Discipline…motivation…trying to care

As a piano teacher and choir director, one of my jobs at school is to be a motivator, to encourage my students to reach higher, achieve greater, stretch their limits.  In order to reach their goals, discipline is key–nothing can be accomplished without a set goal, and the will to carry it through.

How is it that I am able to do this for others, yet consistently fail when trying to apply discipline to my own life?

Last night I performed at the Vocális Chamber Choir benefit at the Mansion on Delaware.  I accompanied Daniel Fischer on “Five Lewis Carroll Songs” by John Duke, pretended to be a jazz pianist for singer Mary Stahl, and collaborated with a handful of Brahms’ “Liebeslieder Waltzes.”  Someone who I greatly respect as a musician approached me afterward and said, “You should play more.” I smiled graciously, thanked her profusely, and agreed wholeheartedly.

I would love to perform more.  I love collaborative piano.  The energy that is created within a room where two or more musicians are working together to create something beautiful, something fleeting, something unique–it fascinates me.  No matter how exhausted I am, spiritually or physically, simply playing music with someone else rejuvenates me.

Yet there are limitations to what can be accomplished in the day.  Two small children, a full-time teaching job, a house to manage, bills to fumble around with, relationships to maintain, personal demons to battle.  Each time I set out to carve a few moments in the day to accomplish something positive such as more practice time, I invariably fail.  Or, to put it more realistically/positively, life happens.  The best of intentions…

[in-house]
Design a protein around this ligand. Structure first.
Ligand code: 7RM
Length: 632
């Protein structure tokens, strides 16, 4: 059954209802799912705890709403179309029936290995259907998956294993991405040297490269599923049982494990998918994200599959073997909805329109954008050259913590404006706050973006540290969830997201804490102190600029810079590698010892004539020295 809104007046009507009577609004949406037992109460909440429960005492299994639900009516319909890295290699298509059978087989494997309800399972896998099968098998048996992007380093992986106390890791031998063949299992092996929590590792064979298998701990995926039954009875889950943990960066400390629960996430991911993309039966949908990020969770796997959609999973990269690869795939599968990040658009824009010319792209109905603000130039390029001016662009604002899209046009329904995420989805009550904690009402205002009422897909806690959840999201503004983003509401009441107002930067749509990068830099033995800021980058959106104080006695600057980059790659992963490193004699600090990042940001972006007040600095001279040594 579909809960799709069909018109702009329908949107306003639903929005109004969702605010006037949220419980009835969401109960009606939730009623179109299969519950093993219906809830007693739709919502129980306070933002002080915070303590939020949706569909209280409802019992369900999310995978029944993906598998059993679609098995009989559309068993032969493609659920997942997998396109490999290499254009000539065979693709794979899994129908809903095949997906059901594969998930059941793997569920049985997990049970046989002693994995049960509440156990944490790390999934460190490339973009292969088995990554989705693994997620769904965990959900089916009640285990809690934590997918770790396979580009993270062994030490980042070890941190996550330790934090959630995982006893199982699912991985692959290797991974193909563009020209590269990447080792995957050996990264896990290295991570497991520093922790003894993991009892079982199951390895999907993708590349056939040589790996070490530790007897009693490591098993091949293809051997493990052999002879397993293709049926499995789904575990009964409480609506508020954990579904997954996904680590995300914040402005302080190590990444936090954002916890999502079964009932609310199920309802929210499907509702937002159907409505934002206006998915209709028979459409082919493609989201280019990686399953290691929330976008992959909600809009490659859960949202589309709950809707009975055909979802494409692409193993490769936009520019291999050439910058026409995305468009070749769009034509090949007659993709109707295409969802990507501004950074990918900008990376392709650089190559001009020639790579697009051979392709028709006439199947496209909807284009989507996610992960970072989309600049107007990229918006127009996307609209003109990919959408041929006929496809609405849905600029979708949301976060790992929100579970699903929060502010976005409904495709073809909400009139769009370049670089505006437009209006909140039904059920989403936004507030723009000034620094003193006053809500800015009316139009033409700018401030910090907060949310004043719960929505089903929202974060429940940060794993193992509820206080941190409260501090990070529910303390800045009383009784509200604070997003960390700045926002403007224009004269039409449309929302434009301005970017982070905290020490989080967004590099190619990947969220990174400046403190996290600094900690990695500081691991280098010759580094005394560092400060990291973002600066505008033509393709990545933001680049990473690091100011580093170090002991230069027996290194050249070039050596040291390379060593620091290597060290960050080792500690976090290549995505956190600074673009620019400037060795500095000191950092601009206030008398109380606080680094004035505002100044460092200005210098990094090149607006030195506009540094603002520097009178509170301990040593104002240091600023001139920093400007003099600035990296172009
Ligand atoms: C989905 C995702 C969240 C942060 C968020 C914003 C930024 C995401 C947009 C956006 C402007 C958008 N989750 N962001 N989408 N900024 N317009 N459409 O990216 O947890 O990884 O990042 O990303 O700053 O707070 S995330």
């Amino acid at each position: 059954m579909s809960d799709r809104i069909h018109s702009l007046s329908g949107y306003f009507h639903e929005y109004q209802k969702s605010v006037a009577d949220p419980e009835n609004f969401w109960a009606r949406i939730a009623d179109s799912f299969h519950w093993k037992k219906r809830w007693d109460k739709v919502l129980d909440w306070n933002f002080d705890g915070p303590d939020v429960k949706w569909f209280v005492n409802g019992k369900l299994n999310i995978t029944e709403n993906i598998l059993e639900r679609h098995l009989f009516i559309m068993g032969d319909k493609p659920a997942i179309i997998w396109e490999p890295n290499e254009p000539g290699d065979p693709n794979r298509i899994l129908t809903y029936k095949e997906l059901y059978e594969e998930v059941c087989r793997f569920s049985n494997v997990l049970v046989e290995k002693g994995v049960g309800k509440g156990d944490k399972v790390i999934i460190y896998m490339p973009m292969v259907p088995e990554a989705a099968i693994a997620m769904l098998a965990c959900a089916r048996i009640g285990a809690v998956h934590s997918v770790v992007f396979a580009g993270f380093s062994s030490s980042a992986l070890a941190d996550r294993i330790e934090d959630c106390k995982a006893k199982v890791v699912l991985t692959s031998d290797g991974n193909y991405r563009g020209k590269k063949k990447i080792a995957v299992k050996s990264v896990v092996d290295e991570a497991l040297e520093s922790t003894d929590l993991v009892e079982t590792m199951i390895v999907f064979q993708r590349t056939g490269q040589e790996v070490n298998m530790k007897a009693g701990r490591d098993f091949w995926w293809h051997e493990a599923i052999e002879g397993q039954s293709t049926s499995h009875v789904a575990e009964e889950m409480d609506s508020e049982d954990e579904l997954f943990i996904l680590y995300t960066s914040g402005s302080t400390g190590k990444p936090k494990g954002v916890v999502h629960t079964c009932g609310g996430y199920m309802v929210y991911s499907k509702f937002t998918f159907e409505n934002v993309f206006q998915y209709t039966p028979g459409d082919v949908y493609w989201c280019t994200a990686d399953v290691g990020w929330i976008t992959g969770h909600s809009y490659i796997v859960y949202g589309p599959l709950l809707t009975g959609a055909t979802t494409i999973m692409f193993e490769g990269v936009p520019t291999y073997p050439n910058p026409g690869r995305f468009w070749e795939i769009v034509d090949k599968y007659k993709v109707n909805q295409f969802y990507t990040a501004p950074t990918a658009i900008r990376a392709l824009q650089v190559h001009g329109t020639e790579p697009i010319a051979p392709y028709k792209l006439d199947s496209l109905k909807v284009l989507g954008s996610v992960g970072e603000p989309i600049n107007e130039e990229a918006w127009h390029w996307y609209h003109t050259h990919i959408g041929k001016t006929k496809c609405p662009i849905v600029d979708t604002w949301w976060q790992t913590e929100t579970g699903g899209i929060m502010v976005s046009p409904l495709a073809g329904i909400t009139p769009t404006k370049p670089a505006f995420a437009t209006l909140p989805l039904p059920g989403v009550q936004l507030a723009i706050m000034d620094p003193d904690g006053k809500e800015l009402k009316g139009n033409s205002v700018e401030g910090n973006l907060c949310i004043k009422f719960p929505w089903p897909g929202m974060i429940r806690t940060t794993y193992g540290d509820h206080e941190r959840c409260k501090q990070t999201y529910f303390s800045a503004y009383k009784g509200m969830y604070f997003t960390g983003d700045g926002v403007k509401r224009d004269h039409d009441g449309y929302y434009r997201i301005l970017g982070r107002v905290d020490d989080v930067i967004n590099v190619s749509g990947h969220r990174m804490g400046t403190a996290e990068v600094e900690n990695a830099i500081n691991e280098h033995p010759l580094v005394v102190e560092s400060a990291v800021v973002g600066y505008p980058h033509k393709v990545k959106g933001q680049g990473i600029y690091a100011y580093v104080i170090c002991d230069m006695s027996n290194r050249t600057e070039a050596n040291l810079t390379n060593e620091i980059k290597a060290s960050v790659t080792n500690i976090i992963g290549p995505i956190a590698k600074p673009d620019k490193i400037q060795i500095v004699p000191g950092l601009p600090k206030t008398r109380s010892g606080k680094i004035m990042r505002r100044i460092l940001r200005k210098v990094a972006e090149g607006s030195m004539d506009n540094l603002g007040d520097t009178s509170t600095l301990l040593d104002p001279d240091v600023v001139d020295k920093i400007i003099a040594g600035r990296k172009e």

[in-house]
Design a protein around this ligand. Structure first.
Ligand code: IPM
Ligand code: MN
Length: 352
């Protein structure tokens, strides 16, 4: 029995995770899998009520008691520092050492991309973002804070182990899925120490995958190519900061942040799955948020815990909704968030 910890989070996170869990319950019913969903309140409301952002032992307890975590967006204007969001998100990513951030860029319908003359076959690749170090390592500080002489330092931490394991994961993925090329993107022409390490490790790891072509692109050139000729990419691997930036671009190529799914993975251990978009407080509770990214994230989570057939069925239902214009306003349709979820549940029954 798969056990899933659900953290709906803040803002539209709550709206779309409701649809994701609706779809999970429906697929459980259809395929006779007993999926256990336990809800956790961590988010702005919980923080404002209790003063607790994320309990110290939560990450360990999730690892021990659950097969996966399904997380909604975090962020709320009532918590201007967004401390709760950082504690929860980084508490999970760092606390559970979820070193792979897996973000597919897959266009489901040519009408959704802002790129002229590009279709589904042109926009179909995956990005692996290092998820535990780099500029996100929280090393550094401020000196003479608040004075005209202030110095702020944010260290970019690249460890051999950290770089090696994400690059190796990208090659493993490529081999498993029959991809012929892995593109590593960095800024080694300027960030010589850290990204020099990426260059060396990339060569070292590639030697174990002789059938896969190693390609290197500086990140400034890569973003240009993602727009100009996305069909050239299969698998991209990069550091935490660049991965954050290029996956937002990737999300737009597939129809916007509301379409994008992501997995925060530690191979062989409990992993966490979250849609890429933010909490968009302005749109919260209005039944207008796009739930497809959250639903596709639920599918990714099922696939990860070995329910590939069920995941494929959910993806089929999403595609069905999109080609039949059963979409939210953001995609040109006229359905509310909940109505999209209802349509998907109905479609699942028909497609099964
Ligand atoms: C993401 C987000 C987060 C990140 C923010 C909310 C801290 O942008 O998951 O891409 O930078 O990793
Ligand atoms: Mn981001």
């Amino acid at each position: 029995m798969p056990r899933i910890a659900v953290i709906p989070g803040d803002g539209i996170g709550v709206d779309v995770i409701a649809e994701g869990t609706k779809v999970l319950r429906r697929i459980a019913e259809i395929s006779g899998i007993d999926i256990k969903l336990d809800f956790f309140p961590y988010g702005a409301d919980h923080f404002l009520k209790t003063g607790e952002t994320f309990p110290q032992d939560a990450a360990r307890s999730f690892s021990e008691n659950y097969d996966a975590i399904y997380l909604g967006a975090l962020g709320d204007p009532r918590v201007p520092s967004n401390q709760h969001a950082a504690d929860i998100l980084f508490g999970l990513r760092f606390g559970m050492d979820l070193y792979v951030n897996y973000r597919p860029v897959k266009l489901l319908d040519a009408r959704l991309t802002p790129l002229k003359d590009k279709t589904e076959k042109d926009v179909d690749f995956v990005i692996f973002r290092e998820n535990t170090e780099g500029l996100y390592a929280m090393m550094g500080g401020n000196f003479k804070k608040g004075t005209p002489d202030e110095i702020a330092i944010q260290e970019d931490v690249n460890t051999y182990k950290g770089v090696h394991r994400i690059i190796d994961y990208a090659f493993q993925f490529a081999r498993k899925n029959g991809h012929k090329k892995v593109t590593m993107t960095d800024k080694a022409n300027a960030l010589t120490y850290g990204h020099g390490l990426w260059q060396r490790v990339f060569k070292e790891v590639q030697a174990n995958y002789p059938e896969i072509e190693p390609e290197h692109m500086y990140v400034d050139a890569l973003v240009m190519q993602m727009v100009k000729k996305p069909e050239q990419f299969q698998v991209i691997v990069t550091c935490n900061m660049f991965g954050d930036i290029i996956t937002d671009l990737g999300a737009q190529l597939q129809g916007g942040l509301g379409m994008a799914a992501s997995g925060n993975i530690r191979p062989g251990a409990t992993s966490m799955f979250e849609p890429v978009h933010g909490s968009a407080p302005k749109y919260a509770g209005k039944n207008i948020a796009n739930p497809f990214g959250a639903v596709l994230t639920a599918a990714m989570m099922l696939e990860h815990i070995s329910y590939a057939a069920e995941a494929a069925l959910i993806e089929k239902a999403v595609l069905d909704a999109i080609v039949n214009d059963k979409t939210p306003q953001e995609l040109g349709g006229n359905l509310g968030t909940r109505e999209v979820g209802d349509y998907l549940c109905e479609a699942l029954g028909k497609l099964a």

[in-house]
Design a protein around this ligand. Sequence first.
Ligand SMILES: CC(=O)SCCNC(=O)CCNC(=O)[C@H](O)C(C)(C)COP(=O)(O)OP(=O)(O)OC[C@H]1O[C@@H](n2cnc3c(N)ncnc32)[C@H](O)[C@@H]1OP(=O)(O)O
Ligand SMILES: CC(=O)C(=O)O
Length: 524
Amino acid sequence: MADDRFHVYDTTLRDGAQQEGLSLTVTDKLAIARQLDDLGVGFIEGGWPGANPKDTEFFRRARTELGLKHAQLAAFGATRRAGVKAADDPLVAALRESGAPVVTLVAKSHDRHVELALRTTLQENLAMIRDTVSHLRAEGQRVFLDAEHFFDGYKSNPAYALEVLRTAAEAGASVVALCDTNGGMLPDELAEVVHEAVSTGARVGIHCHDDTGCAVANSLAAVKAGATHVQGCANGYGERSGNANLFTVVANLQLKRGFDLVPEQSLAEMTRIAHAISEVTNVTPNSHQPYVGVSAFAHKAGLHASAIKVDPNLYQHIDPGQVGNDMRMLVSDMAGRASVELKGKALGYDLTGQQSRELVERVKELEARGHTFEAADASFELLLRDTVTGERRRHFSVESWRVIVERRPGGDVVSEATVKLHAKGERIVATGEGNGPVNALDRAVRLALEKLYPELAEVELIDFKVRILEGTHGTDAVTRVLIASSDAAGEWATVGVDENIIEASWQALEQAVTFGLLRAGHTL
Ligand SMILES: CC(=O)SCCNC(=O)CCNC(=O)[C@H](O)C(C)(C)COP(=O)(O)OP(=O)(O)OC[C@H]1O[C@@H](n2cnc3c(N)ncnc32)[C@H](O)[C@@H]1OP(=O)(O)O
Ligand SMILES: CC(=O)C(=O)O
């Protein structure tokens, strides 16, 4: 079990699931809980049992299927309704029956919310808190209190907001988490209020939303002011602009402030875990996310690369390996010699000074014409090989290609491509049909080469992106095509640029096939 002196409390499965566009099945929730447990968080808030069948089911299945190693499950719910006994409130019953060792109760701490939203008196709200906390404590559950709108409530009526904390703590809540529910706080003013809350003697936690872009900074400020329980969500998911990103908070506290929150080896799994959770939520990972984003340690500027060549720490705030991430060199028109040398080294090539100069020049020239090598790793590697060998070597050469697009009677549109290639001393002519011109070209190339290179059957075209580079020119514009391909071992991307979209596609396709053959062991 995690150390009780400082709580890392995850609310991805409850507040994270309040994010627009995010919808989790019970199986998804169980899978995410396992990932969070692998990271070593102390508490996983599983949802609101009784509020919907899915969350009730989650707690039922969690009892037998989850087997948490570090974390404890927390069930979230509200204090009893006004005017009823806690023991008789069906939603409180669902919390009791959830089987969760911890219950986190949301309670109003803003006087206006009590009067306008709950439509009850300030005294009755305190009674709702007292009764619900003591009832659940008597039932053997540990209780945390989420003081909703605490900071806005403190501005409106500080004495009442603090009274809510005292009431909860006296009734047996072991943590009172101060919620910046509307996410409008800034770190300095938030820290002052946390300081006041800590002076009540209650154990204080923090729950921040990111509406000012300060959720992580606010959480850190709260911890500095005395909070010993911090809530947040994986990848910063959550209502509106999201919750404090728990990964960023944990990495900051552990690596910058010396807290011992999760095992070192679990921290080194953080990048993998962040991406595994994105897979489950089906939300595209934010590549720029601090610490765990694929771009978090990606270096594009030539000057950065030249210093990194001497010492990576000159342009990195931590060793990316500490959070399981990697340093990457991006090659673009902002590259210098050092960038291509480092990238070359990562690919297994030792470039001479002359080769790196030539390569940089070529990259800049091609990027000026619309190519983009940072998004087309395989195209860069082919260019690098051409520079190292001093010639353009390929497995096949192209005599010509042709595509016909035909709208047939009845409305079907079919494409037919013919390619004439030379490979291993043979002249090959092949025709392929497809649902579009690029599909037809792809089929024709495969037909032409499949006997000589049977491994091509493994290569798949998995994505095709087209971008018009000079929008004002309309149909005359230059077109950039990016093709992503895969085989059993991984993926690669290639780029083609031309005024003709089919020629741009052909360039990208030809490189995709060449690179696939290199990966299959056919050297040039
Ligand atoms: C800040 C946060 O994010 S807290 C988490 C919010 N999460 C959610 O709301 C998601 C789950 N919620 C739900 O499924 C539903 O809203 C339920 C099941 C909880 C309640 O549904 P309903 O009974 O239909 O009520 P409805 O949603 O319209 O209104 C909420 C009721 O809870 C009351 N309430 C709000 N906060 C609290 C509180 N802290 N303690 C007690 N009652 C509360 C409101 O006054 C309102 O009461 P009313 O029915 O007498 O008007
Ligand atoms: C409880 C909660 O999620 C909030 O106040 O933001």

In the end, I treasure the occasions where I can be a pianist and musical collaborator.  I may not always play as well as I would like to play, and may not always be as prepared as my militant perfectionist self would like to play, but if I bring a spark of joy into the lives of listeners, even for just a moment, I have achieved success.


It would help tremendously if…

…I remembered to save changes once I’ve made them.

…I had a personal assistant to remind me of the thing I was just thinking about three minutes ago, before I was distracted.

…I brought a lunch to school.

…I didn’t bring the catalogs I haven’t looked at over the past three weeks back and forth to school.

…Connor would bounce out of bed as quickly on school mornings as he does on weekends.  (Calvin and Hobbes)

…I had a second cellphone charger.